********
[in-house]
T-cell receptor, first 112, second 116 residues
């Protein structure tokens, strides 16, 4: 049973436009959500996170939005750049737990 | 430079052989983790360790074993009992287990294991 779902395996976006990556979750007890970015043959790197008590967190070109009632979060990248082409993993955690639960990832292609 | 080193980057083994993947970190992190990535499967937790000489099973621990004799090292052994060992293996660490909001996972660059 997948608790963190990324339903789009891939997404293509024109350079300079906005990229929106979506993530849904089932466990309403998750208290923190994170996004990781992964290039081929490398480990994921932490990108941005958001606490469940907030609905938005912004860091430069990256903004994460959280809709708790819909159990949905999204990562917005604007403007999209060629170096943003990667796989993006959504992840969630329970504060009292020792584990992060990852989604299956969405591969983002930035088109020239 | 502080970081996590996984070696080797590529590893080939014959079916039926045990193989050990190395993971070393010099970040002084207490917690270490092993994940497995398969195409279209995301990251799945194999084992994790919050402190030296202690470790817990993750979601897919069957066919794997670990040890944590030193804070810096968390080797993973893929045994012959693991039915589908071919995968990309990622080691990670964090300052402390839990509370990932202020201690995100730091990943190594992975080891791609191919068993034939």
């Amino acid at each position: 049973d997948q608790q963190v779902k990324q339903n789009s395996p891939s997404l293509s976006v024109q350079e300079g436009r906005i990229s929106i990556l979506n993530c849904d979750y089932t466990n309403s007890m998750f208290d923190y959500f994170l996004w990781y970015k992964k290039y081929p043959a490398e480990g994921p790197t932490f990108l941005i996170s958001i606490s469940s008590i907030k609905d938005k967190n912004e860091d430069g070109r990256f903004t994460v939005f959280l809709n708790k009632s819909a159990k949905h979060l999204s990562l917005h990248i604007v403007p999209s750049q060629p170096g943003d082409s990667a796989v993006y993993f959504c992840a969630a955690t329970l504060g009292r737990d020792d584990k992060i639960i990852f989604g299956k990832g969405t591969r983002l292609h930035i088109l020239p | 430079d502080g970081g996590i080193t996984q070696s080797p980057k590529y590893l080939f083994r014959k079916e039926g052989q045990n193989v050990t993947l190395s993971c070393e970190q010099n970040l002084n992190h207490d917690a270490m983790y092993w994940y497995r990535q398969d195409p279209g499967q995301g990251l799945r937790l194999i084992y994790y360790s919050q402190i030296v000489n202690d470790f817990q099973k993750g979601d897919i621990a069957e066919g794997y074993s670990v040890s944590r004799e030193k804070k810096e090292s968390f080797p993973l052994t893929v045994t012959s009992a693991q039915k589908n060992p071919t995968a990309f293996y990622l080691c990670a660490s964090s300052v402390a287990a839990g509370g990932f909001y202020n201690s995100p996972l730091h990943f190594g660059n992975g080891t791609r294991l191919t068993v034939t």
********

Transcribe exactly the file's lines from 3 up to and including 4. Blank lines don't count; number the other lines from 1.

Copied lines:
């Protein structure tokens, strides 16, 4: 049973436009959500996170939005750049737990 | 430079052989983790360790074993009992287990294991 779902395996976006990556979750007890970015043959790197008590967190070109009632979060990248082409993993955690639960990832292609 | 080193980057083994993947970190992190990535499967937790000489099973621990004799090292052994060992293996660490909001996972660059 997948608790963190990324339903789009891939997404293509024109350079300079906005990229929106979506993530849904089932466990309403998750208290923190994170996004990781992964290039081929490398480990994921932490990108941005958001606490469940907030609905938005912004860091430069990256903004994460959280809709708790819909159990949905999204990562917005604007403007999209060629170096943003990667796989993006959504992840969630329970504060009292020792584990992060990852989604299956969405591969983002930035088109020239 | 502080970081996590996984070696080797590529590893080939014959079916039926045990193989050990190395993971070393010099970040002084207490917690270490092993994940497995398969195409279209995301990251799945194999084992994790919050402190030296202690470790817990993750979601897919069957066919794997670990040890944590030193804070810096968390080797993973893929045994012959693991039915589908071919995968990309990622080691990670964090300052402390839990509370990932202020201690995100730091990943190594992975080891791609191919068993034939």
């Amino acid at each position: 049973d997948q608790q963190v779902k990324q339903n789009s395996p891939s997404l293509s976006v024109q350079e300079g436009r906005i990229s929106i990556l979506n993530c849904d979750y089932t466990n309403s007890m998750f208290d923190y959500f994170l996004w990781y970015k992964k290039y081929p043959a490398e480990g994921p790197t932490f990108l941005i996170s958001i606490s469940s008590i907030k609905d938005k967190n912004e860091d430069g070109r990256f903004t994460v939005f959280l809709n708790k009632s819909a159990k949905h979060l999204s990562l917005h990248i604007v403007p999209s750049q060629p170096g943003d082409s990667a796989v993006y993993f959504c992840a969630a955690t329970l504060g009292r737990d020792d584990k992060i639960i990852f989604g299956k990832g969405t591969r983002l292609h930035i088109l020239p | 430079d502080g970081g996590i080193t996984q070696s080797p980057k590529y590893l080939f083994r014959k079916e039926g052989q045990n193989v050990t993947l190395s993971c070393e970190q010099n970040l002084n992190h207490d917690a270490m983790y092993w994940y497995r990535q398969d195409p279209g499967q995301g990251l799945r937790l194999i084992y994790y360790s919050q402190i030296v000489n202690d470790f817990q099973k993750g979601d897919i621990a069957e066919g794997y074993s670990v040890s944590r004799e030193k804070k810096e090292s968390f080797p993973l052994t893929v045994t012959s009992a693991q039915k589908n060992p071919t995968a990309f293996y990622l080691c990670a660490s964090s300052v402390a287990a839990g509370g990932f909001y202020n201690s995100p996972l730091h990943f190594g660059n992975g080891t791609r294991l191919t068993v034939t």